This is a society representation; a members-only function that honors the art of culinary. If you want to bring a guest, you must submit their name for approval. The goal of the Society is to preserve a culinary experience for professionals only – this is not something you bring your Cousin Vinny to.

Guests are also asked to put their mobiles away, a request, not adhered to by and large. (Our techno driven society is evidently bigger than Escoffier’s.) Part of the pageantry of this event is being in the moment, at the moment. Sharing at the instance is great, but it also takes away from the instance.

(Pictured above: “Contre-filet Rôti, Ris de Veau Croustillant, Poule des Bois, Sauce Albuféra”** Translation: Roasted Strip Loin, Crispy Sweetbreads, Hen of the Woods Mushrooms and Sauce Albuféra. ** In the style of Escoffier. Creekstone Farms’ Prime All Natural Premium Black Angus Beef Striploins were supplied by Buedel.)

The Experience

2014-03-09 18.58.29The Society is known for its preservation of protocol and tradition. One such protocol is wearing your napkin at the neck. It is a custom first attributed to 1700’s France, for the protection of ruffled shirts worn by “fashionable men” at the time. Everyone at the Society dinner wears their napkins like this.

(Napkin Models back to front: JW Marriott’s Execute Chef, Michael Reich and Sous Chefs, Russell Shearer and Tony Biasetti.)

At the center seat of the head table, there is a red velvet cushioned and gold framed throne of sorts. In solemn tradition, the chair remains empty throughout the dinner in honor of Escoffier. Food and drink are served “as if” he was there, and then removed accordingly.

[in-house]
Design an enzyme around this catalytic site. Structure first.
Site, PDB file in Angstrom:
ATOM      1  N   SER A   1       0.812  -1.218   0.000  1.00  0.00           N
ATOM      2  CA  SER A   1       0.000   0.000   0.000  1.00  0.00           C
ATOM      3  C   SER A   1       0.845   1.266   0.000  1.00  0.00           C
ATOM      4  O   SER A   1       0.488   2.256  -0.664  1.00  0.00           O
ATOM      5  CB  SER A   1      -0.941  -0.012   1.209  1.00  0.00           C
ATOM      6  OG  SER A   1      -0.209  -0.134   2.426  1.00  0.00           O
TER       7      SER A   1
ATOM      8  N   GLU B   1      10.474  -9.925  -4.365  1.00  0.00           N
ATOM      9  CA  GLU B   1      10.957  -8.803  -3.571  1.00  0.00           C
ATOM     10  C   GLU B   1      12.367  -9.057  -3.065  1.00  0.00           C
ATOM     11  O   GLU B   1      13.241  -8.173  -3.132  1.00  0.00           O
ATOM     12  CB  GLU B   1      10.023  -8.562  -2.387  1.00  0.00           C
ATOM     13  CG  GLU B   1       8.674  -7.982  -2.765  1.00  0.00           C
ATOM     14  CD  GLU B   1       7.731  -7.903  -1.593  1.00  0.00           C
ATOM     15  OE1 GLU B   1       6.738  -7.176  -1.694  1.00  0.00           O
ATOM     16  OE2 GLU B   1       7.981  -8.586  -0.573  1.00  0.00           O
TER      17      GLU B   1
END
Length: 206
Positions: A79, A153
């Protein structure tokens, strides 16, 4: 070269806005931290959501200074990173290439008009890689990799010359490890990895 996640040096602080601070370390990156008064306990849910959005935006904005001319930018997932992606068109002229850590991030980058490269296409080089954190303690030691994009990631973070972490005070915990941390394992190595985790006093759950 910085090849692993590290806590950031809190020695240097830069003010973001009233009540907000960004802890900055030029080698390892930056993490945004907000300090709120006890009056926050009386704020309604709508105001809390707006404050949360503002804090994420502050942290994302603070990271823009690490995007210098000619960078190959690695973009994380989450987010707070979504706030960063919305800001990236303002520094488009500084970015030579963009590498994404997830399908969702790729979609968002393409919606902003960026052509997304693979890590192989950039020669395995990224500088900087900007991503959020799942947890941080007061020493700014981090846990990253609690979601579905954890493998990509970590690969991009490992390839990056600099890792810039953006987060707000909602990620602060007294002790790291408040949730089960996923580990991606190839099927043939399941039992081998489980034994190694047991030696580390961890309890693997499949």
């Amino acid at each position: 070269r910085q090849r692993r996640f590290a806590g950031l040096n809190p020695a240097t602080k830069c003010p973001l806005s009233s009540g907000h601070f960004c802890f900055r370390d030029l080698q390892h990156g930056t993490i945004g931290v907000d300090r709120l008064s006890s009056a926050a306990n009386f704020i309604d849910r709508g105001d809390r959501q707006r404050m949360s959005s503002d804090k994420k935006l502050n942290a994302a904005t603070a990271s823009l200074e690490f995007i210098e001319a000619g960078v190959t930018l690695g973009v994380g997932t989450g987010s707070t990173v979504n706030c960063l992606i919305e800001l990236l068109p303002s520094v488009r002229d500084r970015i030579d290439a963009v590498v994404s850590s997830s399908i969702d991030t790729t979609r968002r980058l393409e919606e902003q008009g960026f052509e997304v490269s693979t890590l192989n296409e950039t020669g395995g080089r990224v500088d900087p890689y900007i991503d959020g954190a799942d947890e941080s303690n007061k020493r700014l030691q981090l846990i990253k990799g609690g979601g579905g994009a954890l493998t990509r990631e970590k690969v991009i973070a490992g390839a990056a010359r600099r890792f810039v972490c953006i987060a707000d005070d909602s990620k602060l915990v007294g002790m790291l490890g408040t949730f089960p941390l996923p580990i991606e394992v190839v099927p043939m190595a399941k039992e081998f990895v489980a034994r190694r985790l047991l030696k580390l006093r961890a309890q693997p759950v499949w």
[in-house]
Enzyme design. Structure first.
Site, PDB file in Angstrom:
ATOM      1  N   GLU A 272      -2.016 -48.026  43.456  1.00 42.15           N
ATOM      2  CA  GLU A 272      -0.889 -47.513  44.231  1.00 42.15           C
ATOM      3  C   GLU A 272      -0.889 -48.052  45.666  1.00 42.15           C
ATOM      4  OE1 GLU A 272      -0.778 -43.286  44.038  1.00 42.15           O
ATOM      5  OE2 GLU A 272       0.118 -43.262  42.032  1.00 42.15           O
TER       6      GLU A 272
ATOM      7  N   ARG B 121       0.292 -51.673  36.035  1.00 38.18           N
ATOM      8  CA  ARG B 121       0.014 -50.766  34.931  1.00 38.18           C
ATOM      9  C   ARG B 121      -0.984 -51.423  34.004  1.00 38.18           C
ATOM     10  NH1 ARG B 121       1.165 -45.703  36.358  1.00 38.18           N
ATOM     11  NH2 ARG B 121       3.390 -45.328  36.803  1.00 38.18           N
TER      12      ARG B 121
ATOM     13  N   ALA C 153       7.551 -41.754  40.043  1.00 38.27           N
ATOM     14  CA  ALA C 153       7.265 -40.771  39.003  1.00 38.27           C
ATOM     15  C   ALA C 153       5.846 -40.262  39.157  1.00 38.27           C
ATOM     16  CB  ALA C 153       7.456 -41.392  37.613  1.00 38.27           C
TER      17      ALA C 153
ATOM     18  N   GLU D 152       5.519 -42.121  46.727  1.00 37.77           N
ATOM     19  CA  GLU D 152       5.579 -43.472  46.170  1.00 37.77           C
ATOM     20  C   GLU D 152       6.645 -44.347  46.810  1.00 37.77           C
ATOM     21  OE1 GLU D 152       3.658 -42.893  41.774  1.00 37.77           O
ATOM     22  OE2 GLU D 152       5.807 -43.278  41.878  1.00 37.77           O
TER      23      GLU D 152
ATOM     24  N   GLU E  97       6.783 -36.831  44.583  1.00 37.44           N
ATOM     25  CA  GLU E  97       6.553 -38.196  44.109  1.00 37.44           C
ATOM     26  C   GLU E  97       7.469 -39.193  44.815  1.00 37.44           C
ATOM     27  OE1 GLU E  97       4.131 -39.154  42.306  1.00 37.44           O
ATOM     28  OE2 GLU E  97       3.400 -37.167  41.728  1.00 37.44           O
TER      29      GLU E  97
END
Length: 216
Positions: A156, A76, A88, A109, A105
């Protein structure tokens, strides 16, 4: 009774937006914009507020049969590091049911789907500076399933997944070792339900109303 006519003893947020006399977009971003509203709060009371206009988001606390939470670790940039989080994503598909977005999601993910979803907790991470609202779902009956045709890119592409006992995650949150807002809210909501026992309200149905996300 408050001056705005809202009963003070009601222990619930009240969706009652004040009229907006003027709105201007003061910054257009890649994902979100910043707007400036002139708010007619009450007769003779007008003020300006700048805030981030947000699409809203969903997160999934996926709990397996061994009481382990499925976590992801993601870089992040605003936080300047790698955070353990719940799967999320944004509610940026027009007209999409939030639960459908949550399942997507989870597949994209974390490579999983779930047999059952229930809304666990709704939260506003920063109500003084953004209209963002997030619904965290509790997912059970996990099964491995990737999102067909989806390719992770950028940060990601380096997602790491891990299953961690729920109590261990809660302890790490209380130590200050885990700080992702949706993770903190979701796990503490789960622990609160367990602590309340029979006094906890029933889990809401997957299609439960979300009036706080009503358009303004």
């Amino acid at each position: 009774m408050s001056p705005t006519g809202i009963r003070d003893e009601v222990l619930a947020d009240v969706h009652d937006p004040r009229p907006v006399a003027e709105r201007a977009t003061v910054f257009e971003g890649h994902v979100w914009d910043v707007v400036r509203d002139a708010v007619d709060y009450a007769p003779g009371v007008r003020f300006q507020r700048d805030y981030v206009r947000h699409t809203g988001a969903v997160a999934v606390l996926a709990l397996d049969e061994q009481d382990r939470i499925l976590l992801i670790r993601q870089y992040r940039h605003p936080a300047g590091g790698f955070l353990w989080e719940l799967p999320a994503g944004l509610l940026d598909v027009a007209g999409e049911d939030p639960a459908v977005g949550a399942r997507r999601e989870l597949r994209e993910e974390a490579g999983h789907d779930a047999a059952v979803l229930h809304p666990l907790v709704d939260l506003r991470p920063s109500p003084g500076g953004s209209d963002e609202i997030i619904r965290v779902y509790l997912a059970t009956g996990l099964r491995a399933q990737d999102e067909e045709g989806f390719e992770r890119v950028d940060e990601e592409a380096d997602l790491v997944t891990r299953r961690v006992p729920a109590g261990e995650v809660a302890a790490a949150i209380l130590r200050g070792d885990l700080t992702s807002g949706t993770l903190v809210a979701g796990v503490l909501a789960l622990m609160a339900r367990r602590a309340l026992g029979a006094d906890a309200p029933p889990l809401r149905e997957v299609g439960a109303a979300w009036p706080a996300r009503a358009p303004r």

During the meal, there is silence when courses are being served. All talking stops, while a new course is being served to take in the complete experience; to focus on the sight and smell of what’s being plated.

Dinner guests receive an educ2014-03-09 21.35.49ation throughout the meal; there is an explanation of the menu before each course. This could include a history of the main components of what’s being served, when it first came into vogue, how it was originally prepared, and so forth. World renowned Chef Michel Bouit gave the course lessons at Sunday’s event.

After the meal, the Host Chef sits down in the red velvet chair at the head of the table. This is done to pay homage to the chef and the facility for performing the dinner. Guests greet the Chef and offer comments on the dinner in general. New members to the Society may also be revealed at this time.

2014-03-09 21.38.42The Langham’s Executive Chef, Anthony Zamora, and his staff did a spectacular job. It is no small feat, and a big honor to be chosen as Host Chef for an Escoffier dinner. Once the committee scouts properties and chefs for the event, interviews are conducted, menus are submitted for review and tastings ensue before a final decision is made. The Society must believe you’re “talented enough” to do this type of event.

(Pictured L to R above: The Langham Chicago Chefs: Executive Chef, Anthony Zamora, Executive Sous Chef, Damion Henry and Banquet Chef, Augustin Oliva.)

The Final Course

The annual Escoffier Society dinner is immersed in pure respect and grandeur of what culinary could and should be. It celebrates the talent of the modern culinary in a classic setting. It is a social event, where culinary camaraderie is the focus, and no business is to be done.

There is talk of scheduling a European Escoffier trip in 2015. Gala dinners would be held in London and then in Paris at the Ritz, where Escoffier worked with Hotelier, Cesar Ritz at the pinnacle of his career. This would be the journey of a lifetime for any culinary professional fortunate enough to attend.

From the desk of  John Cecala   @BuedelFineMeats   Fan Page   Slideshare

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Meat Picks | 3.6.14

Where They Are Now

There’s a fun read in the Trib this morning about what six Chicago chefs (out of a cast of 16) Top Chef contestants from season 9 are doing now, just two short reality TV years later.